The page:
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The prescription drug Chantix was approved by the FDA last year and has had a great first year for pharmaceutical giant, Pfizer. However, I am sure that the recent attention that Chantix has been getting is not welcomed to say the least. Over the past couple of weeks I have been hearing more and more about Chantix and the implication that it was responsible for Dallas musician Carter Albretch’s death. Albrecht’s girlfriend is adamant that the medication is the only explanation for the psychotic actions of Albrecht early Labor Day morning.

The way that Chantix works is different than stop smoking drugs that have been previously used by those trying to quit smoking. Chantix actually binds to receptors in the brain to block the sensation that nicotine delivers; this in turn takes all of the pleasure out of smoking.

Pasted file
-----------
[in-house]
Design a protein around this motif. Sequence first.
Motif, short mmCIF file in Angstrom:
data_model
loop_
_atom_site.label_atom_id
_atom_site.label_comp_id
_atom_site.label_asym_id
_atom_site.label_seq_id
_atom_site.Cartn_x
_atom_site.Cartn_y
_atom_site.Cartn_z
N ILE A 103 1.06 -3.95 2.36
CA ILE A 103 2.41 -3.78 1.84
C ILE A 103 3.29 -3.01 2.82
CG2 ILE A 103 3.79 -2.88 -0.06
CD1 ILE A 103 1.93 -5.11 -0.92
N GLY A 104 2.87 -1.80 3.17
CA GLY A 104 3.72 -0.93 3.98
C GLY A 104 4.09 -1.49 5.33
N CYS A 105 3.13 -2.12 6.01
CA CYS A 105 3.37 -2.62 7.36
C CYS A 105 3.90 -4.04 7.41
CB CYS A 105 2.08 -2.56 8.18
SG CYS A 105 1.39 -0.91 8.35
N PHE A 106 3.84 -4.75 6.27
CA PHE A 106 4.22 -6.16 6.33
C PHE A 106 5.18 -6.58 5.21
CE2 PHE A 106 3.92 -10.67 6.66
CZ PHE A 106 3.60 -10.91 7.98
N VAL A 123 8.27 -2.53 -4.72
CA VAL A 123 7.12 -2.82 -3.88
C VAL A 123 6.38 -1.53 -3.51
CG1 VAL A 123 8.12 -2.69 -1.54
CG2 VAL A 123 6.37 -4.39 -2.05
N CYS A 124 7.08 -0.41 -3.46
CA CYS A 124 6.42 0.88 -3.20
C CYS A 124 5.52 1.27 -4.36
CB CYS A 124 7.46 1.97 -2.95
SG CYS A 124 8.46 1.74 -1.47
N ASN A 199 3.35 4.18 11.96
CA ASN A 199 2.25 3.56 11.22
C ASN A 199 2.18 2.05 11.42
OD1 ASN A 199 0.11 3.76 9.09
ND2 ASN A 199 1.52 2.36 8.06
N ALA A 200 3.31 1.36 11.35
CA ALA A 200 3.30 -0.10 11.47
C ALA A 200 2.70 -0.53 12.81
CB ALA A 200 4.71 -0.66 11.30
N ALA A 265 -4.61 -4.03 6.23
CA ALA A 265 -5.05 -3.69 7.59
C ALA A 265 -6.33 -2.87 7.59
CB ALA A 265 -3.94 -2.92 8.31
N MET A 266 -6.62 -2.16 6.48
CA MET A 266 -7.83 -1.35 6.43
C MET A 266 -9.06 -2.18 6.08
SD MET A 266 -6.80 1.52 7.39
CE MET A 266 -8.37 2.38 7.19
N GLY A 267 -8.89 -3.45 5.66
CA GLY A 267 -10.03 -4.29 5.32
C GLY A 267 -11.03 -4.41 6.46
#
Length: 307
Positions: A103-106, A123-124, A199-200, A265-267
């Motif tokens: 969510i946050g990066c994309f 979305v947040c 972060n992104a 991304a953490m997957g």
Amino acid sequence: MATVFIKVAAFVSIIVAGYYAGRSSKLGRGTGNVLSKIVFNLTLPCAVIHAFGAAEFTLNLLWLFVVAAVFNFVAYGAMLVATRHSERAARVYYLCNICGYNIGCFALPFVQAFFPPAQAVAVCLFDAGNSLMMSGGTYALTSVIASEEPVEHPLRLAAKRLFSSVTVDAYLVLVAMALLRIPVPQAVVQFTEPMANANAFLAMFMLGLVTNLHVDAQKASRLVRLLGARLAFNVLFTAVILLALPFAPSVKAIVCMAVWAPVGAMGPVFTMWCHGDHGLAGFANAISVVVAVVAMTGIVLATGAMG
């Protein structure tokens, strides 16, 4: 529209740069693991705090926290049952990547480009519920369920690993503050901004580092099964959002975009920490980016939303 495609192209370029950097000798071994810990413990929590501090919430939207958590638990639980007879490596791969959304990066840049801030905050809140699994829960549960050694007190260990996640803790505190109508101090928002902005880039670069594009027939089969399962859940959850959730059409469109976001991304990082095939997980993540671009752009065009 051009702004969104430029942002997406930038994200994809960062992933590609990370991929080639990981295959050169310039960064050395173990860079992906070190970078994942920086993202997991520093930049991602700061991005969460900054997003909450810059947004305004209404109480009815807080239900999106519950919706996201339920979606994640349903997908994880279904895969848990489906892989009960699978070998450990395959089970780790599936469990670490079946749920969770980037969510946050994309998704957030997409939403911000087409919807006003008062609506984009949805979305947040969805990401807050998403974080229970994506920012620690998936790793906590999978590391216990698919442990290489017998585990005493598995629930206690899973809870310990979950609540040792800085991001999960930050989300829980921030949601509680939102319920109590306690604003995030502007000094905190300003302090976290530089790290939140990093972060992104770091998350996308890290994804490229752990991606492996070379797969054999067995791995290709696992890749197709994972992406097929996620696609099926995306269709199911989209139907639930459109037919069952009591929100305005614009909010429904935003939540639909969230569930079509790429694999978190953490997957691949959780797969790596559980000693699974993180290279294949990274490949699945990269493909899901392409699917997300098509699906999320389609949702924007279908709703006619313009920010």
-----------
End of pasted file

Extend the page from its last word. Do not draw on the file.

Albrecht had been drinking the night of the incident and many believe that it was not necessarily the drug itself but rather the combination of the Chantix and alcohol. There have been no extensive studies involving Chantix and alcohol and the effect that they have on one another, but every claim that I have read about aggressive behavior on Chantix has also involved alcohol. The medication’s label does say that you should not drink while taking it, but that is a far cry from saying if you drink on this medication it could cause a psychotic episode. The FDA says they will be looking into the incident and I truly cannot wait to see what happens with this.

For more information on this subject matter, please review our section on Drugs, Medical Devices, and Implants.

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